Blight the Power: New York Electric Bills Highest in U.S.

The price of natural gas also stinks

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    NEWSLETTERS

    TK
    New Yorkers paid the highest power bills in the U.S. for the month of June.

    You may want to rethink switching on the AC this summer.

    The cost of electricity for New Yorkers last month was 59.1 percent higher that the average U.S. city, according to the U.S. Bureau of Labor Statistics, the Daily News reported.

    That boils down to an extra 8 cents per kilowatt hour in the Big Apple.

    The numbers for natural gas don't look much better. Locals also paid a whopping 34.2 percent more for natural gas, or 36 cents more per therm -- the unit of measurement used by power companies, according to the bureau's data.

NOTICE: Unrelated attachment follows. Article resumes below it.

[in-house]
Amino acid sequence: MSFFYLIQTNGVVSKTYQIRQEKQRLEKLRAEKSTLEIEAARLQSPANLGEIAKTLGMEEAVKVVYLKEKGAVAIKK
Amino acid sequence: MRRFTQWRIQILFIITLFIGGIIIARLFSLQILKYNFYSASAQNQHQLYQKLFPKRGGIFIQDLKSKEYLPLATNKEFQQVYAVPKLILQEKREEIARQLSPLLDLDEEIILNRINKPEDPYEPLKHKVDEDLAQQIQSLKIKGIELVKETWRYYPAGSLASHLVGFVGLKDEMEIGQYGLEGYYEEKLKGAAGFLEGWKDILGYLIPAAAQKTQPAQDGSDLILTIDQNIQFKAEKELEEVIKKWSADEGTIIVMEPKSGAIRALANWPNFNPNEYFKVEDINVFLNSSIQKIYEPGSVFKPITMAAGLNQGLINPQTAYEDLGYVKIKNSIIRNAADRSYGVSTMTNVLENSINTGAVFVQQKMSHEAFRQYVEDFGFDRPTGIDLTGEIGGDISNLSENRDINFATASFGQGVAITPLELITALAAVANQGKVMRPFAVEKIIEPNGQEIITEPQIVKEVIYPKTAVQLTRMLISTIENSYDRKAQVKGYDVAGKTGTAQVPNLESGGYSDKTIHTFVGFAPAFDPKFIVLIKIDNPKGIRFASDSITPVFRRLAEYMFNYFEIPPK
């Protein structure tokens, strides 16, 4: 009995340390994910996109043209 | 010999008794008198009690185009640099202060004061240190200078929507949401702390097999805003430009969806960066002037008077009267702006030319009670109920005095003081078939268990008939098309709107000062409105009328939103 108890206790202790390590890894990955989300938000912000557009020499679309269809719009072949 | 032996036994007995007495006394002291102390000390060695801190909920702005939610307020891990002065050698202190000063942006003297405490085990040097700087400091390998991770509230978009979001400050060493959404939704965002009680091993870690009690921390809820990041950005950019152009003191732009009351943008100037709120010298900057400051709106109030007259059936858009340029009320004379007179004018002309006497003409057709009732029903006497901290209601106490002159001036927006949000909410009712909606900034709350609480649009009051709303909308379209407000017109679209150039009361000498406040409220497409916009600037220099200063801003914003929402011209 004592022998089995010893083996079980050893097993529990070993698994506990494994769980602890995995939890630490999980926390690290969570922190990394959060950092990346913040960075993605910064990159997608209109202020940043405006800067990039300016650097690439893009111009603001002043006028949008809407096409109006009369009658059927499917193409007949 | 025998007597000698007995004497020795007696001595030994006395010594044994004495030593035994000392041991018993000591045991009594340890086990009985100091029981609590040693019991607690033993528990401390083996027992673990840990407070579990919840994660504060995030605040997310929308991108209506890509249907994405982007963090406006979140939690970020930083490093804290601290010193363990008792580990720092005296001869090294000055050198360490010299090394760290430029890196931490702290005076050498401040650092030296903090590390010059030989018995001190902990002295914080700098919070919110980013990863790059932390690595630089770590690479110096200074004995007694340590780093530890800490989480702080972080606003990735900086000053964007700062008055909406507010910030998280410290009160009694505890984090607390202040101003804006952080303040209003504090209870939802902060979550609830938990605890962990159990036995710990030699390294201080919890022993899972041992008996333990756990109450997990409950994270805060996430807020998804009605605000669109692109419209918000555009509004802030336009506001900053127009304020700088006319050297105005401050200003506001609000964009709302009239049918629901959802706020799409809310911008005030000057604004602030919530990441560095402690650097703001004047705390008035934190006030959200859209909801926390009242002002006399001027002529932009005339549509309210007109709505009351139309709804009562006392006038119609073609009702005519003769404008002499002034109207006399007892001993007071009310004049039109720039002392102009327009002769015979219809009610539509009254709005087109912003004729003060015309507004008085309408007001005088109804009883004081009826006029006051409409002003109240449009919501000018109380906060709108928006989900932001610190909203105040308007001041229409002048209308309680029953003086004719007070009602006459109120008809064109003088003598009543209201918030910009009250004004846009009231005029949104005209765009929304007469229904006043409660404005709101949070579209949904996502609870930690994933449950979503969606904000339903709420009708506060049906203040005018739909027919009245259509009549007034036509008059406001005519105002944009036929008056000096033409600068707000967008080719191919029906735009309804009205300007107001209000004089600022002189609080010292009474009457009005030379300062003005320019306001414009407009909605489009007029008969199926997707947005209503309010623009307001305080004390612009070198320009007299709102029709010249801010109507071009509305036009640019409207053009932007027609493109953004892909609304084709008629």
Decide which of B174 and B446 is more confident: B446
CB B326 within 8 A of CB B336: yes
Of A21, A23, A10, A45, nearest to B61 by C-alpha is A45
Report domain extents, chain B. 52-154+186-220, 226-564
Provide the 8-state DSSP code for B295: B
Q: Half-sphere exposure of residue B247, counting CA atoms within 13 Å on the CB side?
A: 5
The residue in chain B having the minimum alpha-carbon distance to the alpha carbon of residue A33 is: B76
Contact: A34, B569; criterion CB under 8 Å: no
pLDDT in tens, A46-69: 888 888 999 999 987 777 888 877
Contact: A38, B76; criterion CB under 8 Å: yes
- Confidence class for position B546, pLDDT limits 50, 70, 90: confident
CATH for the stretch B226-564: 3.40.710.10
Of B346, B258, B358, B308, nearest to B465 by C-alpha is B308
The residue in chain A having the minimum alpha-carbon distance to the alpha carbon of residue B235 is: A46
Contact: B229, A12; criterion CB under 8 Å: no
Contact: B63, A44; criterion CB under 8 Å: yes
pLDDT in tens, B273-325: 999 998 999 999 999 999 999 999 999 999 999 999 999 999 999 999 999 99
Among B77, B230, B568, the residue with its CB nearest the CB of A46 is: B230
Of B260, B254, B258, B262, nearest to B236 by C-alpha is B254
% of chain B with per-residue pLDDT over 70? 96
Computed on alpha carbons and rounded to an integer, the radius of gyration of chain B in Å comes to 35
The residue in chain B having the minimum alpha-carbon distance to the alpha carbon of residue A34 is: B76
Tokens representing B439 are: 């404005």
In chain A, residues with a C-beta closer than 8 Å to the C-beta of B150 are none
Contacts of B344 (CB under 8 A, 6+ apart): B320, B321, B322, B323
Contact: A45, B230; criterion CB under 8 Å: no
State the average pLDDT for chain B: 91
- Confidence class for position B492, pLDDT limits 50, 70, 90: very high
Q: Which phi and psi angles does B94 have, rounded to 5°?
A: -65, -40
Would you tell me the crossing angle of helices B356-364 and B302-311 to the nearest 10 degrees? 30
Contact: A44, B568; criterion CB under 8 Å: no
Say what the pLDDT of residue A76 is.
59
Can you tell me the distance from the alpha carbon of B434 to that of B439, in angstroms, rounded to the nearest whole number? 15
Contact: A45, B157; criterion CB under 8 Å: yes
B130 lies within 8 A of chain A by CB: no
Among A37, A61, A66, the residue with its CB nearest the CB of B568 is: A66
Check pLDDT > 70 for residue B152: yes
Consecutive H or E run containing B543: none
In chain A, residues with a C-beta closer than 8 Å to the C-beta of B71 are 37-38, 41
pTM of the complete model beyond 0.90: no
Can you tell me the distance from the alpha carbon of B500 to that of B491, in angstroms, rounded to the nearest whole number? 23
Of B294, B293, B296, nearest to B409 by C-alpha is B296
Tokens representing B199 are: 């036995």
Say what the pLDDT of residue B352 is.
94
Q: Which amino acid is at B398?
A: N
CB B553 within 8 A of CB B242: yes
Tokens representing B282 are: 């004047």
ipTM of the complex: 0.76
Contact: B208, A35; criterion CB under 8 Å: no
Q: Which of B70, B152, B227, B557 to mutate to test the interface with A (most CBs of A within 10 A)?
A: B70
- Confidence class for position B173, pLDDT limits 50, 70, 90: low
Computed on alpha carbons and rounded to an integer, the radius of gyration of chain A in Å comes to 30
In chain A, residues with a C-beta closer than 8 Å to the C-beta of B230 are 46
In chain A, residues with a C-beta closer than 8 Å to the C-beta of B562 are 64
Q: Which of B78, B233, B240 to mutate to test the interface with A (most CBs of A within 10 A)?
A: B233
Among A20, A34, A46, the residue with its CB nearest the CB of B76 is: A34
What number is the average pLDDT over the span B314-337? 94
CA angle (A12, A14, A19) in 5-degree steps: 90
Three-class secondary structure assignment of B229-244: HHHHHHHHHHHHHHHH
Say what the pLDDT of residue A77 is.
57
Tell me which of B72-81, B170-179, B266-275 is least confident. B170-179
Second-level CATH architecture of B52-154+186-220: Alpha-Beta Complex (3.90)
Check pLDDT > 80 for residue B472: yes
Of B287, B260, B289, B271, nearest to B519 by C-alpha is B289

"Power plants in most of the country use coal as fuel, while in New York State, we use more expensive natural gas and oil and only about 13 percent of generation comes from coal," Ken Klapp, spokesman for the New York Independent System Operator, which manages the state power grid, told the Daily News.

    But don't worry, as bad as it is, things are actually getting better. The June bills for New York City and Westchester were 6.2 percent lower than they were in 2008, Chris Olert, spokesman for Con Edison, told the paper.